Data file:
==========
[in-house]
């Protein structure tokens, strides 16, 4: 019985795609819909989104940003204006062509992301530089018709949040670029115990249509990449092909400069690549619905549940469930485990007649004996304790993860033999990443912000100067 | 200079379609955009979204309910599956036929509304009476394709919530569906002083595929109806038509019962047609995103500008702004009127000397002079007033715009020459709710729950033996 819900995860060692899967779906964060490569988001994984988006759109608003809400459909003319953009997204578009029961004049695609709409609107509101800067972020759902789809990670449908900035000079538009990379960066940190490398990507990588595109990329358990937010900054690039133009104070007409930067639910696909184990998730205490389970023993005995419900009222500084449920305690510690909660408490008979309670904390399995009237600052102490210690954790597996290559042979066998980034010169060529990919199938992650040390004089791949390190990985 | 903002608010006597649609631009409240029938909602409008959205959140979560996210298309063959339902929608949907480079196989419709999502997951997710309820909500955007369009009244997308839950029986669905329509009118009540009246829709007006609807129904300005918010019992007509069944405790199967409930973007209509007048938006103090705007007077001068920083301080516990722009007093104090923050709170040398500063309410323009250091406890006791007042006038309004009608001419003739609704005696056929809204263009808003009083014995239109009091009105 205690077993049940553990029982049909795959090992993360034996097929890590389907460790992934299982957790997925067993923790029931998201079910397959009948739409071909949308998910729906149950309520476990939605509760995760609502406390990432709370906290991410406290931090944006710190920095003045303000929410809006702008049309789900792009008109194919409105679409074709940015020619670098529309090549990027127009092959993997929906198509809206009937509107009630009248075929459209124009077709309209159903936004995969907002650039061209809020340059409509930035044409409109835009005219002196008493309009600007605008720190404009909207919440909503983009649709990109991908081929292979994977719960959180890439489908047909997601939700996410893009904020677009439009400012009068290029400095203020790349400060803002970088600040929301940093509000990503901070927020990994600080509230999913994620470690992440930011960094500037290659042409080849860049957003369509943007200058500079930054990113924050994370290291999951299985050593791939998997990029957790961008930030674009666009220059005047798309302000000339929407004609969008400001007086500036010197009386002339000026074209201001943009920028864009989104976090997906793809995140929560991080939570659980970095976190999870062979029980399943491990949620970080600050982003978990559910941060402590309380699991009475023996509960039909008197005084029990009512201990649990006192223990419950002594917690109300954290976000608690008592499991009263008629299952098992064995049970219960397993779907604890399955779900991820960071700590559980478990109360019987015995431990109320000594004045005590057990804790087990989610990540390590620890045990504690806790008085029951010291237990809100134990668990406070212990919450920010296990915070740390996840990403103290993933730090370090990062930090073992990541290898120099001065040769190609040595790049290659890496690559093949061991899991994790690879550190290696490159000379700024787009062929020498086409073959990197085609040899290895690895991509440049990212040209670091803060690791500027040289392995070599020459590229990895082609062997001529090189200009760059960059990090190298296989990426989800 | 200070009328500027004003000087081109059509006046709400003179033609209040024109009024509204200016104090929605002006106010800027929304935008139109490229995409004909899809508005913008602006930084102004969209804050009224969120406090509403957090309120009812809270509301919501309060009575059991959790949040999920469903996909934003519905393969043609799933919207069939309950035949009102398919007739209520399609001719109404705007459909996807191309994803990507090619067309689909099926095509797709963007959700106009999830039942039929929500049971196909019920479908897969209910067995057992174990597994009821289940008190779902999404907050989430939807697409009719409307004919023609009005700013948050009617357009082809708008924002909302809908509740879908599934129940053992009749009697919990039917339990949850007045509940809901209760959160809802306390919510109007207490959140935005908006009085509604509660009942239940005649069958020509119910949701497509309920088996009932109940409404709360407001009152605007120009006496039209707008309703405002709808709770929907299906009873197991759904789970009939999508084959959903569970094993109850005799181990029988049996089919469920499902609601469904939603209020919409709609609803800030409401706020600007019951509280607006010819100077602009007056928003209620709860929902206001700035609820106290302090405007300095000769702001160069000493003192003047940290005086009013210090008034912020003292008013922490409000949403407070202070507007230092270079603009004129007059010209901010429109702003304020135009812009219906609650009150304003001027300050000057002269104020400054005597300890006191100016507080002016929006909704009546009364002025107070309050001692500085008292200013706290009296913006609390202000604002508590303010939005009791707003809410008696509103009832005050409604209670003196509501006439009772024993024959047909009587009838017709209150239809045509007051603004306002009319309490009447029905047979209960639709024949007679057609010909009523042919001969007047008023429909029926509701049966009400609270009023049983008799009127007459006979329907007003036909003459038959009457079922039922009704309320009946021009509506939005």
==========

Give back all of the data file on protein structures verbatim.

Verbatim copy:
[in-house]
């Protein structure tokens, strides 16, 4: 019985795609819909989104940003204006062509992301530089018709949040670029115990249509990449092909400069690549619905549940469930485990007649004996304790993860033999990443912000100067 | 200079379609955009979204309910599956036929509304009476394709919530569906002083595929109806038509019962047609995103500008702004009127000397002079007033715009020459709710729950033996 819900995860060692899967779906964060490569988001994984988006759109608003809400459909003319953009997204578009029961004049695609709409609107509101800067972020759902789809990670449908900035000079538009990379960066940190490398990507990588595109990329358990937010900054690039133009104070007409930067639910696909184990998730205490389970023993005995419900009222500084449920305690510690909660408490008979309670904390399995009237600052102490210690954790597996290559042979066998980034010169060529990919199938992650040390004089791949390190990985 | 903002608010006597649609631009409240029938909602409008959205959140979560996210298309063959339902929608949907480079196989419709999502997951997710309820909500955007369009009244997308839950029986669905329509009118009540009246829709007006609807129904300005918010019992007509069944405790199967409930973007209509007048938006103090705007007077001068920083301080516990722009007093104090923050709170040398500063309410323009250091406890006791007042006038309004009608001419003739609704005696056929809204263009808003009083014995239109009091009105 205690077993049940553990029982049909795959090992993360034996097929890590389907460790992934299982957790997925067993923790029931998201079910397959009948739409071909949308998910729906149950309520476990939605509760995760609502406390990432709370906290991410406290931090944006710190920095003045303000929410809006702008049309789900792009008109194919409105679409074709940015020619670098529309090549990027127009092959993997929906198509809206009937509107009630009248075929459209124009077709309209159903936004995969907002650039061209809020340059409509930035044409409109835009005219002196008493309009600007605008720190404009909207919440909503983009649709990109991908081929292979994977719960959180890439489908047909997601939700996410893009904020677009439009400012009068290029400095203020790349400060803002970088600040929301940093509000990503901070927020990994600080509230999913994620470690992440930011960094500037290659042409080849860049957003369509943007200058500079930054990113924050994370290291999951299985050593791939998997990029957790961008930030674009666009220059005047798309302000000339929407004609969008400001007086500036010197009386002339000026074209201001943009920028864009989104976090997906793809995140929560991080939570659980970095976190999870062979029980399943491990949620970080600050982003978990559910941060402590309380699991009475023996509960039909008197005084029990009512201990649990006192223990419950002594917690109300954290976000608690008592499991009263008629299952098992064995049970219960397993779907604890399955779900991820960071700590559980478990109360019987015995431990109320000594004045005590057990804790087990989610990540390590620890045990504690806790008085029951010291237990809100134990668990406070212990919450920010296990915070740390996840990403103290993933730090370090990062930090073992990541290898120099001065040769190609040595790049290659890496690559093949061991899991994790690879550190290696490159000379700024787009062929020498086409073959990197085609040899290895690895991509440049990212040209670091803060690791500027040289392995070599020459590229990895082609062997001529090189200009760059960059990090190298296989990426989800 | 200070009328500027004003000087081109059509006046709400003179033609209040024109009024509204200016104090929605002006106010800027929304935008139109490229995409004909899809508005913008602006930084102004969209804050009224969120406090509403957090309120009812809270509301919501309060009575059991959790949040999920469903996909934003519905393969043609799933919207069939309950035949009102398919007739209520399609001719109404705007459909996807191309994803990507090619067309689909099926095509797709963007959700106009999830039942039929929500049971196909019920479908897969209910067995057992174990597994009821289940008190779902999404907050989430939807697409009719409307004919023609009005700013948050009617357009082809708008924002909302809908509740879908599934129940053992009749009697919990039917339990949850007045509940809901209760959160809802306390919510109007207490959140935005908006009085509604509660009942239940005649069958020509119910949701497509309920088996009932109940409404709360407001009152605007120009006496039209707008309703405002709808709770929907299906009873197991759904789970009939999508084959959903569970094993109850005799181990029988049996089919469920499902609601469904939603209020919409709609609803800030409401706020600007019951509280607006010819100077602009007056928003209620709860929902206001700035609820106290302090405007300095000769702001160069000493003192003047940290005086009013210090008034912020003292008013922490409000949403407070202070507007230092270079603009004129007059010209901010429109702003304020135009812009219906609650009150304003001027300050000057002269104020400054005597300890006191100016507080002016929006909704009546009364002025107070309050001692500085008292200013706290009296913006609390202000604002508590303010939005009791707003809410008696509103009832005050409604209670003196509501006439009772024993024959047909009587009838017709209150239809045509007051603004306002009319309490009447029905047979209960639709024949007679057609010909009523042919001969007047008023429909029926509701049966009400609270009023049983008799009127007459006979329907007003036909003459038959009457079922039922009704309320009946021009509506939005």